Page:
Kampala, Uganda | THE INDEPENDENT | There is a need to ammend the law on property rates to allow for more time within which property owners can file complaints arising from property valuation, the head of Kampala City Valuation Court, Samuel Muyizzi Mulindwa has revealed.
Property rates are paid by owners of commercial property and collected through the local authorities, in this case Kampala Capital City Authority-KCCA. According to section 15 of the Local Governments (Rating) Act, 2005, an objection should be filed within 30 days after the display of the roll of the tax levied.
But Muyizzi, who took over the chair of this court in July 2022, says that there are several people who could not file their complaints and were hence locked out by the court. Muyizzi says that anytime it is realized that there was an error during the valuation process, justice should prevail such that one doesn’t have to pay a tax they are not obliged to pay.
In an interview with Uganda Radio Network, Muyizzi also said that the law should cater for vulnerable people who could be renting out their property to get money to use for renting another property to reside in.
He gave an example of a complaint raised by an old woman in her 80s who rented out her small house in Kisenyi and relocated to a place outside town where she felt safer but KCCA was taxing her for the property in Kisenyi. Muyizzi says that such property should be treated as owner occupied because what is received from tenants is used by the old woman to rent another house where she lives.
On August 9th, 2022, the City valuation court started hearing over 800 cases, which had been filed by property owners following a property valuation exercise of 2018 and 2019. Muyizzi says that majority of the complaints raised regard over valuation by KCCA, which led to exorbitant taxes. Muyizzi says that there are several gaps in the valuation process that the court hearings have helped KCCA to notice and also deliver justice to the property owners.
The city valuation court sits every Tuesday, Wednesday and Thursday to hear cases. The court is still hearing cases from the Central Division. Muyizzi says that the court shall also be moved closer to the people with hearings being held in communities.
On Tuesday, one of the complainants who appeared before the court was Shoal Group of companies represented by the Assistant Administrator Pamela Asiimwe. The company is said to own a property on Plot 30 along Mackenzie Vale Road, which includes two houses each with three bedrooms, a kitchen, and a sitting room.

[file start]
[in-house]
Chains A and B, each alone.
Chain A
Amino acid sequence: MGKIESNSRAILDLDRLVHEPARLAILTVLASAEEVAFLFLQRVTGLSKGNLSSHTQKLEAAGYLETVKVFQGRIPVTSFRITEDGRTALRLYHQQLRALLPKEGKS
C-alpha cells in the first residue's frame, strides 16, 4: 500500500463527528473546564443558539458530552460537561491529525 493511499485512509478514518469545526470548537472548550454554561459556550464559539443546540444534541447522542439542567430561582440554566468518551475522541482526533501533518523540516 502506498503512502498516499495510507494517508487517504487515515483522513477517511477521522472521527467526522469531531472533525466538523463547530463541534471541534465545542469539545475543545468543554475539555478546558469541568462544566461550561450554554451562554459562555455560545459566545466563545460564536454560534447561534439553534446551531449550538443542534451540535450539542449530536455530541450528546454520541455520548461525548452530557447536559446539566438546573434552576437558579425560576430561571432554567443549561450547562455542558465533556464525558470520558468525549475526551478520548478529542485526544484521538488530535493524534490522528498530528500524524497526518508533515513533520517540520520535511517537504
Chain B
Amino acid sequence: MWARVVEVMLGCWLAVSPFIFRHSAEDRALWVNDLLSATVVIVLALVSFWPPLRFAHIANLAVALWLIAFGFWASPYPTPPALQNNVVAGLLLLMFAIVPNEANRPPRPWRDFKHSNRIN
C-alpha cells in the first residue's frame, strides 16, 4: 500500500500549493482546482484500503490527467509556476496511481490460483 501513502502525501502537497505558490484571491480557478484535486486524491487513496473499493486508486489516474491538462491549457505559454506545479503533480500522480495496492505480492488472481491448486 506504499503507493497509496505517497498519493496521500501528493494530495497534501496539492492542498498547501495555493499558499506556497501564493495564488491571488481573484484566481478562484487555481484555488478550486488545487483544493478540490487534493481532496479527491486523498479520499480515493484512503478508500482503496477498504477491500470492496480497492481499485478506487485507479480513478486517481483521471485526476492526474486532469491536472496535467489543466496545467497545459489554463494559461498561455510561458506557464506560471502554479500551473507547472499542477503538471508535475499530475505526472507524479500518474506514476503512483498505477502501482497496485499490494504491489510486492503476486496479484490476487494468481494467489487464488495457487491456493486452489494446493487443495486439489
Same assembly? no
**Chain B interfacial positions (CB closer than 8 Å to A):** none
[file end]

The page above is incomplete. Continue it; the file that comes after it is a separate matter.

Asiimwe told court that one of the two houses is occupied by the Chief Executive Officer-CEO of Estates Enterprises limited, a subsidiary of the Shoal Group of Companies while the other isn’t occupied. She said that the CEO is not a tenant as he is entitled to a house according to their company rules.
She says that the CEO is also one of the company directors and hence one of the owners of the structure. She asked the court that this house occupied by the company CEO be treated as owner occupied and hence exempted from the tax and that the second one only pays when it gets tenants.
The KCCA valuer, Elroi Naggayi said that both houses were valued at Shillings 4.98 million, which is fair considering that one house that the CEO occupies has a ratable value of over Shillings 78.97 million while the other house is Shillings 4.2 million.
Court ordered Asiimwe to present proof that Estates Enterprises is a subsidiary of Shoal Group of Companies. The judgement shall be issued on notice. Property rate is 6 percent of the rateable value of a property as guided by the KCCA Act 2010 and the Local Government (Rating) Act 2005.
The rateable value of a property is 76 percent of the annual revenue that a building owner collects from tenants. The remaining 24 percent is left for the owner to cater for utility bills and renovation.